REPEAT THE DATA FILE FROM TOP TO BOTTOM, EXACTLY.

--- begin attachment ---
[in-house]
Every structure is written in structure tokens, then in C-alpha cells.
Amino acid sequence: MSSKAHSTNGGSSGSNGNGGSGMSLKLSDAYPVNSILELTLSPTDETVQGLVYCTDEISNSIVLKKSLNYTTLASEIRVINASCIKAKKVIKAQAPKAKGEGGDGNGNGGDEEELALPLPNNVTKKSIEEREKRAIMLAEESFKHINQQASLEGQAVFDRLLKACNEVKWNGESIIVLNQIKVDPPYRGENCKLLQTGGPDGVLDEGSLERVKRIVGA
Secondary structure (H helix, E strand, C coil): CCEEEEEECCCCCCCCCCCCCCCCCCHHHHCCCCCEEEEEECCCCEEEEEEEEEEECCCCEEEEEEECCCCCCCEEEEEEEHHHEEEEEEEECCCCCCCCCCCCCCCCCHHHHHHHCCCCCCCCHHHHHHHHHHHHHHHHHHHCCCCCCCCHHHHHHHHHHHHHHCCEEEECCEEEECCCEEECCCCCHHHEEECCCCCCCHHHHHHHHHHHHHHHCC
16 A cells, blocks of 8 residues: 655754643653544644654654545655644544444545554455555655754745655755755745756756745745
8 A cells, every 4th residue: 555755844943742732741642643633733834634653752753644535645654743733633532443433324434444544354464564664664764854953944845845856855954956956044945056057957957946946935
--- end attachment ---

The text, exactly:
[in-house]
Every structure is written in structure tokens, then in C-alpha cells.
Amino acid sequence: MSSKAHSTNGGSSGSNGNGGSGMSLKLSDAYPVNSILELTLSPTDETVQGLVYCTDEISNSIVLKKSLNYTTLASEIRVINASCIKAKKVIKAQAPKAKGEGGDGNGNGGDEEELALPLPNNVTKKSIEEREKRAIMLAEESFKHINQQASLEGQAVFDRLLKACNEVKWNGESIIVLNQIKVDPPYRGENCKLLQTGGPDGVLDEGSLERVKRIVGA
Secondary structure (H helix, E strand, C coil): CCEEEEEECCCCCCCCCCCCCCCCCCHHHHCCCCCEEEEEECCCCEEEEEEEEEEECCCCEEEEEEECCCCCCCEEEEEEEHHHEEEEEEEECCCCCCCCCCCCCCCCCHHHHHHHCCCCCCCCHHHHHHHHHHHHHHHHHHHCCCCCCCCHHHHHHHHHHHHHHCCEEEECCEEEECCCEEECCCCCHHHEEECCCCCCCHHHHHHHHHHHHHHHCC
16 A cells, blocks of 8 residues: 655754643653544644654654545655644544444545554455555655754745655755755745756756745745
8 A cells, every 4th residue: 555755844943742732741642643633733834634653752753644535645654743733633532443433324434444544354464564664664764854953944845845856855954956956044945056057957957946946935